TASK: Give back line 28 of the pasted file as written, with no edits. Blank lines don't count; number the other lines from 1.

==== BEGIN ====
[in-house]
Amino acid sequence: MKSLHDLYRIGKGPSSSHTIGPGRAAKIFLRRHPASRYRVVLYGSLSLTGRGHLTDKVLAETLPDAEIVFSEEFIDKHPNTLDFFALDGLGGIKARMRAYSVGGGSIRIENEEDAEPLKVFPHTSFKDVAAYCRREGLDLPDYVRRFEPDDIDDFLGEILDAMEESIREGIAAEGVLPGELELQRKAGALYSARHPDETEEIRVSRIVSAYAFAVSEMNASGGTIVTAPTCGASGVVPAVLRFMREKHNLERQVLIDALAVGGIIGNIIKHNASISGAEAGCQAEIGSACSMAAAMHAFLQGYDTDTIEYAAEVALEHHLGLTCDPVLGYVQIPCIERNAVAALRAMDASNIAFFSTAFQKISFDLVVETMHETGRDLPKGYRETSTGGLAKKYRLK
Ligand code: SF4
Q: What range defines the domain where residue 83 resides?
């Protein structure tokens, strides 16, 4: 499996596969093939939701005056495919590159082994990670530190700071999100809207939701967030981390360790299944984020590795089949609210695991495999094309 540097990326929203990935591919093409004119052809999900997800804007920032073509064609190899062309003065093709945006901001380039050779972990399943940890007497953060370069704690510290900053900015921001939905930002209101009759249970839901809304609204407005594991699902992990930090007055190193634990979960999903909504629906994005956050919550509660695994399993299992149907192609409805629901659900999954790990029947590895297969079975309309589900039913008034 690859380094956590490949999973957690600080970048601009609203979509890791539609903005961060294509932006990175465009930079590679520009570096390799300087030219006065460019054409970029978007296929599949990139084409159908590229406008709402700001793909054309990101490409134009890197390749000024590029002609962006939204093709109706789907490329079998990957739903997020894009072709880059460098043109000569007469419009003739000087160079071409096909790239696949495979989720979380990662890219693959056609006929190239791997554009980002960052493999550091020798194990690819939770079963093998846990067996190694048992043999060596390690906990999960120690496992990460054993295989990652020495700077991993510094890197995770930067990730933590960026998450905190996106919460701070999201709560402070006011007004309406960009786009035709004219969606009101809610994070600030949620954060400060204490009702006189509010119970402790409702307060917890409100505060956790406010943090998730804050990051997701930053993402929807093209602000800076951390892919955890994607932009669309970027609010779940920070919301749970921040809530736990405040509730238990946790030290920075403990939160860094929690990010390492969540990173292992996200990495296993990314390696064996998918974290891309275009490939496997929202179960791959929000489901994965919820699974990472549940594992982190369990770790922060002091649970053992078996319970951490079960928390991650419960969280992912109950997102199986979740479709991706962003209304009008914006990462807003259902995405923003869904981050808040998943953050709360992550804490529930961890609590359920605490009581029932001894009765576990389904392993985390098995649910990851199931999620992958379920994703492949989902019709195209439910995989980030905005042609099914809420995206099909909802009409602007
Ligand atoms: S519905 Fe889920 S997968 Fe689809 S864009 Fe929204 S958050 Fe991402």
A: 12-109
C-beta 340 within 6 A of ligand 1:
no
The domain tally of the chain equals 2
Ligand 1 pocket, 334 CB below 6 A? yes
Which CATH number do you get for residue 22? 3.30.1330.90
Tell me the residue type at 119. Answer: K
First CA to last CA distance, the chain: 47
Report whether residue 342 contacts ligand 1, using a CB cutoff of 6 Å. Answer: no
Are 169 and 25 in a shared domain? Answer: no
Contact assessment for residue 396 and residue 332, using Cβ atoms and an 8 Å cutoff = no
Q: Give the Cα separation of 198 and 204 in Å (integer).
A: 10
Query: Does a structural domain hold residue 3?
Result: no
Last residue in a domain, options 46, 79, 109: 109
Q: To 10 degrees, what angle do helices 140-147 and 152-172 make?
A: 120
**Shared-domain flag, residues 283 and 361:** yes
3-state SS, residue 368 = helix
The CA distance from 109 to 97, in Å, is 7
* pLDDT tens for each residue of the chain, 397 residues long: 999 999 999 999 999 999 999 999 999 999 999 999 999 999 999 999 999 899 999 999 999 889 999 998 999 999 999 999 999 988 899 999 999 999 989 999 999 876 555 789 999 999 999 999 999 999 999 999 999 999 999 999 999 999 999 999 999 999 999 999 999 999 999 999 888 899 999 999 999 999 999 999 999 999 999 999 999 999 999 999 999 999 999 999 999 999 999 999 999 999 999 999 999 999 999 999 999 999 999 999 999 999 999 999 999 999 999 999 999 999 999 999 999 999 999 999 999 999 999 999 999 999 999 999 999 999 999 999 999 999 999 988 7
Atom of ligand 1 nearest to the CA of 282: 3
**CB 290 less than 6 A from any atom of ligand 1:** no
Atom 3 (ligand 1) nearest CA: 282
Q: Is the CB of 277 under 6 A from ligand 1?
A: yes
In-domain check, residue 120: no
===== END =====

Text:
* pLDDT tens for each residue of the chain, 397 residues long: 999 999 999 999 999 999 999 999 999 999 999 999 999 999 999 999 999 899 999 999 999 889 999 998 999 999 999 999 999 988 899 999 999 999 989 999 999 876 555 789 999 999 999 999 999 999 999 999 999 999 999 999 999 999 999 999 999 999 999 999 999 999 999 999 888 899 999 999 999 999 999 999 999 999 999 999 999 999 999 999 999 999 999 999 999 999 999 999 999 999 999 999 999 999 999 999 999 999 999 999 999 999 999 999 999 999 999 999 999 999 999 999 999 999 999 999 999 999 999 999 999 999 999 999 999 999 999 999 999 999 999 988 7